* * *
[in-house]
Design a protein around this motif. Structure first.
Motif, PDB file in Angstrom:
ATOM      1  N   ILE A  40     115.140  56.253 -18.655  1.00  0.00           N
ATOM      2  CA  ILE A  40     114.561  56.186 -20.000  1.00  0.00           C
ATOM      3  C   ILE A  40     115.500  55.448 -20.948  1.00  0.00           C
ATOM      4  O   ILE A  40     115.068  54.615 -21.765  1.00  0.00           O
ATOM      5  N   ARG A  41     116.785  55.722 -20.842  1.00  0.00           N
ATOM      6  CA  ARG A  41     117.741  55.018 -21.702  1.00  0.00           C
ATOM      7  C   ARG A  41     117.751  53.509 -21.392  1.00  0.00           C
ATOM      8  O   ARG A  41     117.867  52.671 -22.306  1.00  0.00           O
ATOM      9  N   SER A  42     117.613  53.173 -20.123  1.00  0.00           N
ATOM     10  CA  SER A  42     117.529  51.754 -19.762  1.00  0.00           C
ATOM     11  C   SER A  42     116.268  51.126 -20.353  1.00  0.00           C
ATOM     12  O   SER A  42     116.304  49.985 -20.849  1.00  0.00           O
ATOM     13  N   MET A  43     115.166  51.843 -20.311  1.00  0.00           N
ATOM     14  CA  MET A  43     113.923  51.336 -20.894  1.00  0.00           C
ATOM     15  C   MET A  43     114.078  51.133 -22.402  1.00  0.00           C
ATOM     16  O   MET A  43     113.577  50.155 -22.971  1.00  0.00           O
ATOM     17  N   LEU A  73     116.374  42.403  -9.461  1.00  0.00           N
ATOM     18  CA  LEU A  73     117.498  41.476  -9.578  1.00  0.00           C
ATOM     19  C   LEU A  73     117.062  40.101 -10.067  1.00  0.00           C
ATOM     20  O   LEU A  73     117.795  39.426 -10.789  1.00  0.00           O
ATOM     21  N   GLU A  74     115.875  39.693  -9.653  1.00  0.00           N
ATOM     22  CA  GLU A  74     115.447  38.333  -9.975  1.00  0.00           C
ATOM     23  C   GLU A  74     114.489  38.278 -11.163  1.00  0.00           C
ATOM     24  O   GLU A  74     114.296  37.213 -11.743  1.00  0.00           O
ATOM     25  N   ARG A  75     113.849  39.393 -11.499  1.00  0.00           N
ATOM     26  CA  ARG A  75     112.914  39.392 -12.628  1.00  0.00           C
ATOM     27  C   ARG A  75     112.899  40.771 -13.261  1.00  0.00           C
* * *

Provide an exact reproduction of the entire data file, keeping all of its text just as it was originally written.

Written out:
[in-house]
Design a protein around this motif. Structure first.
Motif, PDB file in Angstrom:
ATOM      1  N   ILE A  40     115.140  56.253 -18.655  1.00  0.00           N
ATOM      2  CA  ILE A  40     114.561  56.186 -20.000  1.00  0.00           C
ATOM      3  C   ILE A  40     115.500  55.448 -20.948  1.00  0.00           C
ATOM      4  O   ILE A  40     115.068  54.615 -21.765  1.00  0.00           O
ATOM      5  N   ARG A  41     116.785  55.722 -20.842  1.00  0.00           N
ATOM      6  CA  ARG A  41     117.741  55.018 -21.702  1.00  0.00           C
ATOM      7  C   ARG A  41     117.751  53.509 -21.392  1.00  0.00           C
ATOM      8  O   ARG A  41     117.867  52.671 -22.306  1.00  0.00           O
ATOM      9  N   SER A  42     117.613  53.173 -20.123  1.00  0.00           N
ATOM     10  CA  SER A  42     117.529  51.754 -19.762  1.00  0.00           C
ATOM     11  C   SER A  42     116.268  51.126 -20.353  1.00  0.00           C
ATOM     12  O   SER A  42     116.304  49.985 -20.849  1.00  0.00           O
ATOM     13  N   MET A  43     115.166  51.843 -20.311  1.00  0.00           N
ATOM     14  CA  MET A  43     113.923  51.336 -20.894  1.00  0.00           C
ATOM     15  C   MET A  43     114.078  51.133 -22.402  1.00  0.00           C
ATOM     16  O   MET A  43     113.577  50.155 -22.971  1.00  0.00           O
ATOM     17  N   LEU A  73     116.374  42.403  -9.461  1.00  0.00           N
ATOM     18  CA  LEU A  73     117.498  41.476  -9.578  1.00  0.00           C
ATOM     19  C   LEU A  73     117.062  40.101 -10.067  1.00  0.00           C
ATOM     20  O   LEU A  73     117.795  39.426 -10.789  1.00  0.00           O
ATOM     21  N   GLU A  74     115.875  39.693  -9.653  1.00  0.00           N
ATOM     22  CA  GLU A  74     115.447  38.333  -9.975  1.00  0.00           C
ATOM     23  C   GLU A  74     114.489  38.278 -11.163  1.00  0.00           C
ATOM     24  O   GLU A  74     114.296  37.213 -11.743  1.00  0.00           O
ATOM     25  N   ARG A  75     113.849  39.393 -11.499  1.00  0.00           N
ATOM     26  CA  ARG A  75     112.914  39.392 -12.628  1.00  0.00           C
ATOM     27  C   ARG A  75     112.899  40.771 -13.261  1.00  0.00           C